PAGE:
When the Olympics Happen in the Land of Nip and Tuck

Brazil is not only the home of the Rio Summer Olympic Games, but it is also a top destination for plastic surgery medical tourism. (Photo: Trunk Archive)

Rio: It’s the place to watch the best athletes kick serious butt this month — and it’s also the most popular place in the world to get a new butt of your own.

Brazil currently follows the United States as the second most-popular hot spot for cosmetic surgery and is a top booked destination for “plastic surgery medical tourism” this year — a term used to describe travel outside of a home country to undergo medical procedures.

Why schlep for surgery? People are primarily drawn to the lower price tag. The Brazilian Butt Lift, a popular procedure that liposuctions fat from one area of your body to then augment your bum, costs about $14,000 at a private clinic in the U.S., as compared with $4,000 in Brazil, according to Medigo, a Berlin-based medical tourism agency. 

Americans make up the largest percentage (20 percent) of patients traveling to Brazil for plastic surgery according to Medigo’s records, followed by the French (18 percent) and British (6 percent). The most popular procedures for these patients include butt augmentation, liposuction, tummy tuck, breast implants, and face-lift.

The land of legendary beaches is more culturally open to going under the knife than virtually any other place. Celebrities and those with means tend to nip and tuck in the U.S., but cosmetic surgery is more democratic in Brazil, where it’s essentially available to every income level of the population and where people feel freer to discuss and undergo procedures, says Renato Saltz, MD, a native of Brazil who is contributing plastic surgeon at RealSelf.com, as well as the president-elect of Society of Aesthetic Plastic Surgeons.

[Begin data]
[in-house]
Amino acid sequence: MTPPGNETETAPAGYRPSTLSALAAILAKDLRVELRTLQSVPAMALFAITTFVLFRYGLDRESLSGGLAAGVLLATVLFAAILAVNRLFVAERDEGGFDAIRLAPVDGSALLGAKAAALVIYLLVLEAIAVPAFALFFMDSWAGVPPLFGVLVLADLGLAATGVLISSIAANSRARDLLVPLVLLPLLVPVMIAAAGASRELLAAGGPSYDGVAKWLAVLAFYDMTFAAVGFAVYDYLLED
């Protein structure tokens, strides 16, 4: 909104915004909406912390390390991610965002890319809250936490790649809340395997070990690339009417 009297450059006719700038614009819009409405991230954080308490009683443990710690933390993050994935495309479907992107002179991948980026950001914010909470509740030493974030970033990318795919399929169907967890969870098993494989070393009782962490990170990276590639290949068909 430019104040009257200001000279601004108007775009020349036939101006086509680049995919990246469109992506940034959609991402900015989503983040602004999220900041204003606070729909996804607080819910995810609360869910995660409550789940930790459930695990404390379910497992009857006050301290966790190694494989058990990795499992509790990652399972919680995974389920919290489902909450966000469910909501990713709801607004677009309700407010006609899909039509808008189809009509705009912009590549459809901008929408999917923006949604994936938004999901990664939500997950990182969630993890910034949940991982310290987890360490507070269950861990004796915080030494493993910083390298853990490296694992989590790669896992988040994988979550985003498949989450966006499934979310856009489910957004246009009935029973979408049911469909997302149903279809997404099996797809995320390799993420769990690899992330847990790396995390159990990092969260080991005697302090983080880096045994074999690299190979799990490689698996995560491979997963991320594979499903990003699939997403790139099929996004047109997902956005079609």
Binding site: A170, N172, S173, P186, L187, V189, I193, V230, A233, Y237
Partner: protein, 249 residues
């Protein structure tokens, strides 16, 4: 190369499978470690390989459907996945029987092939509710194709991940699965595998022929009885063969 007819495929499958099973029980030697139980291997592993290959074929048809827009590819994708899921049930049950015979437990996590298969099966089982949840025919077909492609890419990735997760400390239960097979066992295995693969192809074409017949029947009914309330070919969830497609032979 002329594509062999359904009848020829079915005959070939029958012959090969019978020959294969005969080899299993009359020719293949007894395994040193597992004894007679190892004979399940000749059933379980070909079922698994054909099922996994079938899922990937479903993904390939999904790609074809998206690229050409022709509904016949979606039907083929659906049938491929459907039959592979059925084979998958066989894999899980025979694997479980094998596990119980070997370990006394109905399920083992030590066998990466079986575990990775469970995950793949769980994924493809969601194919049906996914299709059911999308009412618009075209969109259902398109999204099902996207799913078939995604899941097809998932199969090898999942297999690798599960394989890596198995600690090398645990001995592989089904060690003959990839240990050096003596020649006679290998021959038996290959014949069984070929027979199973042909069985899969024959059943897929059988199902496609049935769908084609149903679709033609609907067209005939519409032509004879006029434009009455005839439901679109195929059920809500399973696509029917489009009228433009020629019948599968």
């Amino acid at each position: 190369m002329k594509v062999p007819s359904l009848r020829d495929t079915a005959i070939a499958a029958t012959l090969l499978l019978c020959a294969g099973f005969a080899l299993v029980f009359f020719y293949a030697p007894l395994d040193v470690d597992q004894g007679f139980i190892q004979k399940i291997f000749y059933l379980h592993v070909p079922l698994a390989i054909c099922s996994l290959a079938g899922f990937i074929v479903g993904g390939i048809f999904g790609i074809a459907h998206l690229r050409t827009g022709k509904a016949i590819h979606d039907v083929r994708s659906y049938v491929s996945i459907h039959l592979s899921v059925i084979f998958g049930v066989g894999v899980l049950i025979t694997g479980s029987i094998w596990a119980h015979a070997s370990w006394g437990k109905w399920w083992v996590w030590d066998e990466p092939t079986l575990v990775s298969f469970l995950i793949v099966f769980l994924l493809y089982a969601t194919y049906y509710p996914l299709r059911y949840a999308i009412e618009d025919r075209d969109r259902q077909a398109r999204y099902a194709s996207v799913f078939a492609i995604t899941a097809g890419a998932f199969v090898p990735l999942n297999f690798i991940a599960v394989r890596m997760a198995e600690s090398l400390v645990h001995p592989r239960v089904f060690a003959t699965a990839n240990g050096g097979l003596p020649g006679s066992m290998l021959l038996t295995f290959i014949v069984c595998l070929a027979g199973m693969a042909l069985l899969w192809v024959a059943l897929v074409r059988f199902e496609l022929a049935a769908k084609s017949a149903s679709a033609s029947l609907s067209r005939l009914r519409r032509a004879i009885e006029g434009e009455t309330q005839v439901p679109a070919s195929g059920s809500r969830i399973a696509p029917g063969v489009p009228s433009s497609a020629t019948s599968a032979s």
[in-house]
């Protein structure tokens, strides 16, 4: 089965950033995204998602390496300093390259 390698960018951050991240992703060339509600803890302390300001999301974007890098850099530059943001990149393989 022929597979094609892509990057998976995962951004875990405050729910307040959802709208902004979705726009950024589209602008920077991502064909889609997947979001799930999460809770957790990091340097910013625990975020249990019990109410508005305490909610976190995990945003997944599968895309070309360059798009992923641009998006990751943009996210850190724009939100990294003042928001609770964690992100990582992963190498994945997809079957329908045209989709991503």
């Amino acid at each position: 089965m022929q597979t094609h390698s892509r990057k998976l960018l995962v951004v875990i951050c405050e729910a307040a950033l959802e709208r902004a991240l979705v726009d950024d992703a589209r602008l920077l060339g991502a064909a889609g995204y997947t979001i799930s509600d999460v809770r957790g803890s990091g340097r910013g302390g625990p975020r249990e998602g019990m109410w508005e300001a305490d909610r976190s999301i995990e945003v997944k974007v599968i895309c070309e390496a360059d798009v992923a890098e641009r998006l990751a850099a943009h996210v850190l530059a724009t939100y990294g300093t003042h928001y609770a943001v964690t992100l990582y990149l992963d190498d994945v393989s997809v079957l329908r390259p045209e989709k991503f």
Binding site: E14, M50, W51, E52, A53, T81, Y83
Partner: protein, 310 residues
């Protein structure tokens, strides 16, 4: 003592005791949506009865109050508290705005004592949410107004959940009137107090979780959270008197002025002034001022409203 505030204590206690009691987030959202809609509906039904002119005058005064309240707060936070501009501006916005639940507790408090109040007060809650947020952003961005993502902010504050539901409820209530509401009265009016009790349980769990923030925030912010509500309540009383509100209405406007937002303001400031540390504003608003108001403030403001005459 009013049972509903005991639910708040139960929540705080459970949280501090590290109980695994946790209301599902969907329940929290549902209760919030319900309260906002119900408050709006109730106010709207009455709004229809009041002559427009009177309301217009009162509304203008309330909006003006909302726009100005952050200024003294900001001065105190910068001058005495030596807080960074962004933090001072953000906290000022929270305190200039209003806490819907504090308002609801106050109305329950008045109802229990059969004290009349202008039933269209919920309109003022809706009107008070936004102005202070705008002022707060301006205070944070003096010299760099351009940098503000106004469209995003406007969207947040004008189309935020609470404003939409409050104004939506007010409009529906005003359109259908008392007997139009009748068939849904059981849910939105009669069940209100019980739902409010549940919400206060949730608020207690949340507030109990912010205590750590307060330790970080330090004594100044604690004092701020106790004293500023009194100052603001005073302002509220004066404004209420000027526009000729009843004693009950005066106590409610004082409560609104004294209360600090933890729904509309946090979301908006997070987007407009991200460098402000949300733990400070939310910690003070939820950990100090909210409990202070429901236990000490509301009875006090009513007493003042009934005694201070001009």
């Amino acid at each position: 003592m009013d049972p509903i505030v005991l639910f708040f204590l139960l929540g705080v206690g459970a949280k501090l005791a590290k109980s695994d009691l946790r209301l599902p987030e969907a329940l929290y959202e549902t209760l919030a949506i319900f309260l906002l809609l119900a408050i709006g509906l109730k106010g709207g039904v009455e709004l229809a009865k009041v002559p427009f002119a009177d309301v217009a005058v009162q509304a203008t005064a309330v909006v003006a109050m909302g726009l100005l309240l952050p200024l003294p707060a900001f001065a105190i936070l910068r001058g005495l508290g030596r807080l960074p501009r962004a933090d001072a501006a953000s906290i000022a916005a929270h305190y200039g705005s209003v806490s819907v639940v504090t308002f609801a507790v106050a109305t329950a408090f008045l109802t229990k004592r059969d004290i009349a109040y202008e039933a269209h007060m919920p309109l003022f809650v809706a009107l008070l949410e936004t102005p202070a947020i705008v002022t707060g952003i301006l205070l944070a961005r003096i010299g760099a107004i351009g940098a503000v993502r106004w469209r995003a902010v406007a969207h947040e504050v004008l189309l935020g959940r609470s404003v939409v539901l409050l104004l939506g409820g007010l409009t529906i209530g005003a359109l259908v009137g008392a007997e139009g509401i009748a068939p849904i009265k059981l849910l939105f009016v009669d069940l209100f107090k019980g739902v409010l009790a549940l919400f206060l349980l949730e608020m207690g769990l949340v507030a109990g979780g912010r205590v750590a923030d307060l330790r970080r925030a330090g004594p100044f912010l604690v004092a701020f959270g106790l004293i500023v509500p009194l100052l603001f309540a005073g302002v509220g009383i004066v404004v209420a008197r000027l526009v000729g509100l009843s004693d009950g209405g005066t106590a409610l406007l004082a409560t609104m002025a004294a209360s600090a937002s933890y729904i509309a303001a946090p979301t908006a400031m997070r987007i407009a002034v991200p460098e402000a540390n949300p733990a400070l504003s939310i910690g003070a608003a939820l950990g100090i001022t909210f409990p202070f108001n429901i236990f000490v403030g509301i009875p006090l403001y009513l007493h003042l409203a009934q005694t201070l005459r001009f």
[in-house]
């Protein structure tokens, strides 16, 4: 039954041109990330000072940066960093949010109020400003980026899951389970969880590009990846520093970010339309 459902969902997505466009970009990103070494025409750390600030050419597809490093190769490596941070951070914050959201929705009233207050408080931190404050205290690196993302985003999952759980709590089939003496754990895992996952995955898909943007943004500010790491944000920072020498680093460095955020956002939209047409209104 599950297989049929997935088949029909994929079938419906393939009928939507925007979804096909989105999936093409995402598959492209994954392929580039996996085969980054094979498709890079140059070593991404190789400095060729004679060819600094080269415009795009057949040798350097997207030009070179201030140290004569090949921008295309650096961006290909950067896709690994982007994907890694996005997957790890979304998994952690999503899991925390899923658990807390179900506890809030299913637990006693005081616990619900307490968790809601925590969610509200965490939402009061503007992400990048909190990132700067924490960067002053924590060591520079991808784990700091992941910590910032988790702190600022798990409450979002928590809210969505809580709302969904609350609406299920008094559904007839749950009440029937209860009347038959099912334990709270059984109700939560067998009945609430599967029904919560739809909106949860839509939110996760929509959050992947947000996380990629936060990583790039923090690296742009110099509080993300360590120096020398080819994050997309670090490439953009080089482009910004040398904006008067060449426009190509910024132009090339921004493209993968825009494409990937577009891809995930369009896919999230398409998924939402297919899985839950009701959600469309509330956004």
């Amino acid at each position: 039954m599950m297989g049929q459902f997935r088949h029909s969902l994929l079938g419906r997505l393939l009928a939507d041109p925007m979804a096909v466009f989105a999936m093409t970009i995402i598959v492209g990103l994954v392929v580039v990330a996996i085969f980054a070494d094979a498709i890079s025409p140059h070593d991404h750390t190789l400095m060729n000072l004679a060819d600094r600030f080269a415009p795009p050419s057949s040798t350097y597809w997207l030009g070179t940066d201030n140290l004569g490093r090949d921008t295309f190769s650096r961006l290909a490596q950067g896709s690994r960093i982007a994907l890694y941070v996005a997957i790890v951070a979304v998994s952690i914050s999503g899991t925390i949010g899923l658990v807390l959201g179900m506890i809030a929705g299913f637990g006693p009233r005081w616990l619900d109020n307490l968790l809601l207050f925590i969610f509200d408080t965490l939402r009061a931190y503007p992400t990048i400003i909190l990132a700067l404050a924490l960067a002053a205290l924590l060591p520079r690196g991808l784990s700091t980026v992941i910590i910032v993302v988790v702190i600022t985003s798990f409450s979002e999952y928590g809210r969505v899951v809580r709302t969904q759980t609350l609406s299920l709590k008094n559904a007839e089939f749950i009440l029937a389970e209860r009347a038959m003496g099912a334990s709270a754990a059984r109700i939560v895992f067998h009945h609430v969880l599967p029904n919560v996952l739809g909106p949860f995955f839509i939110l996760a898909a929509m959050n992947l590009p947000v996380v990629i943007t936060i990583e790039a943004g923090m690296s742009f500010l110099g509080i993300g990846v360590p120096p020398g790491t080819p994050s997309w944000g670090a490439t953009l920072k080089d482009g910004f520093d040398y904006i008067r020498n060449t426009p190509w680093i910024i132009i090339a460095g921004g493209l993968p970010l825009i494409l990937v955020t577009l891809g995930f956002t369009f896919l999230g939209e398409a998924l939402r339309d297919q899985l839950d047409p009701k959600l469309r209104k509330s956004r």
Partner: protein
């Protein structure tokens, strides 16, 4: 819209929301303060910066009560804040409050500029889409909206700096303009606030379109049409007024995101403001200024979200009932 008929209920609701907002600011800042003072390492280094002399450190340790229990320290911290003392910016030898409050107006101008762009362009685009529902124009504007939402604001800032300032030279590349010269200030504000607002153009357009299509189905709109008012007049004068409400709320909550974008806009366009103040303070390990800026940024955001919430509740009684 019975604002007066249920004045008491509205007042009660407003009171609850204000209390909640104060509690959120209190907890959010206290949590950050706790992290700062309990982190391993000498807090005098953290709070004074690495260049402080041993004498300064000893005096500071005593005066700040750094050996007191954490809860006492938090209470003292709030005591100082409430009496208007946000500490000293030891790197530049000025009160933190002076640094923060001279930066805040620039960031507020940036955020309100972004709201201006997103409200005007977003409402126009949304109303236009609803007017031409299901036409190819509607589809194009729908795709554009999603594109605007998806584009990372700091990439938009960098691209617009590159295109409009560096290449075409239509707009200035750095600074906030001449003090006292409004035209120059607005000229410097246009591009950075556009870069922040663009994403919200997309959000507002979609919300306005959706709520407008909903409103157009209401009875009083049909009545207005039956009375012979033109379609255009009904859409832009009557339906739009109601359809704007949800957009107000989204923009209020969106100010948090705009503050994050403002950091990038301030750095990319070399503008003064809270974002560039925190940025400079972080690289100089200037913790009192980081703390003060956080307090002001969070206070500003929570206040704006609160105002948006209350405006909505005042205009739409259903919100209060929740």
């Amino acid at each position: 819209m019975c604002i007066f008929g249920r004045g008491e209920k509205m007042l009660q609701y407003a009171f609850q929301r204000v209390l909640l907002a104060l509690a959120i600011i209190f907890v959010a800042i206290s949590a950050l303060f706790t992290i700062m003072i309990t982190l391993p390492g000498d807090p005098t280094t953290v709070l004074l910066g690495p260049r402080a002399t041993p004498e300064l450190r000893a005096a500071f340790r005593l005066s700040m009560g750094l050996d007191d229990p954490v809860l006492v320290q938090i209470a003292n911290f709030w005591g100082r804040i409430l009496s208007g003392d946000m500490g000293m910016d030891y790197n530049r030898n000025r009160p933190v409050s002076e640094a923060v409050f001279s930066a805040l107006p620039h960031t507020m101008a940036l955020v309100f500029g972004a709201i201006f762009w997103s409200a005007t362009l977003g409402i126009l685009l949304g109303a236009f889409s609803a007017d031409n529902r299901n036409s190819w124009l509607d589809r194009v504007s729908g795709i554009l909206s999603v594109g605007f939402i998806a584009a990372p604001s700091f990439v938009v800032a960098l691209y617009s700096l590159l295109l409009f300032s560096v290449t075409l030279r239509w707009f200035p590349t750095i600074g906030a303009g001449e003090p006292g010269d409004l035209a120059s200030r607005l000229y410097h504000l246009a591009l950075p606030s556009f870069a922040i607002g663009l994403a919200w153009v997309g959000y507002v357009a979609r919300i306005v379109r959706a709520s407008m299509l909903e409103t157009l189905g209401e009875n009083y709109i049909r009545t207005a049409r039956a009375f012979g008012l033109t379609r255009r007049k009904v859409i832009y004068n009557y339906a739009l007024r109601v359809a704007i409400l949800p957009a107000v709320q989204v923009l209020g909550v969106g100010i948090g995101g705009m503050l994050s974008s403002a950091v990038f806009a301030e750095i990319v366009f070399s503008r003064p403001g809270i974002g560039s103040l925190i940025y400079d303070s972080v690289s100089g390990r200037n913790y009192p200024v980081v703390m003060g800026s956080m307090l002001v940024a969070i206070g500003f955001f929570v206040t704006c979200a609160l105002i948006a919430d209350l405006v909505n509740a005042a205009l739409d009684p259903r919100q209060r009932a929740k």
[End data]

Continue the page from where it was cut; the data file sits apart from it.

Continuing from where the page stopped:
However, this isn’t drive-through surgery; medical tourism agencies we consulted say that Brazilian butt lifts and other common plastic surgeries are typically booked about three months in advance for optimal availability. Any clinic purporting to be a walk-in option is a blaring red flag for a seedy place — good surgeons are in demand and are typically booked out a couple of months at least, says Medigo.

There’s no shortage of savvy surgeons though. Brazil has the highest per capita number of practicing cosmetic surgeons in the world; according to the Brazilian Society of Plastic Surgery, more than 5,200 are qualified with the appropriate credentials, says Wendy Lewis, a longtime cosmetic surgery consultant and editor-in-chief of Beauty in the Bag. “Brazil has a wealth of world-class plastic surgeons and dermatologists, and well-established clinics and hospitals, most notably in São Paulo,” she says.

And in the past few years, the Brazilian love for a plump rump has gone international. Culturally, Brazilian women have always tended toward smaller breasts and an ample bottom as the ideal. Meanwhile, in the United States, the opposite aesthetic of big breasts and a small butt have always been the desired look — but that’s changing. “Even in conservative areas like my practices in Utah, I see a lot of patients coming in — not for large breasts now — but for fat injections to their buttocks,” says Saltz, whose patients often view his Brazilian heritage as a plus in that department.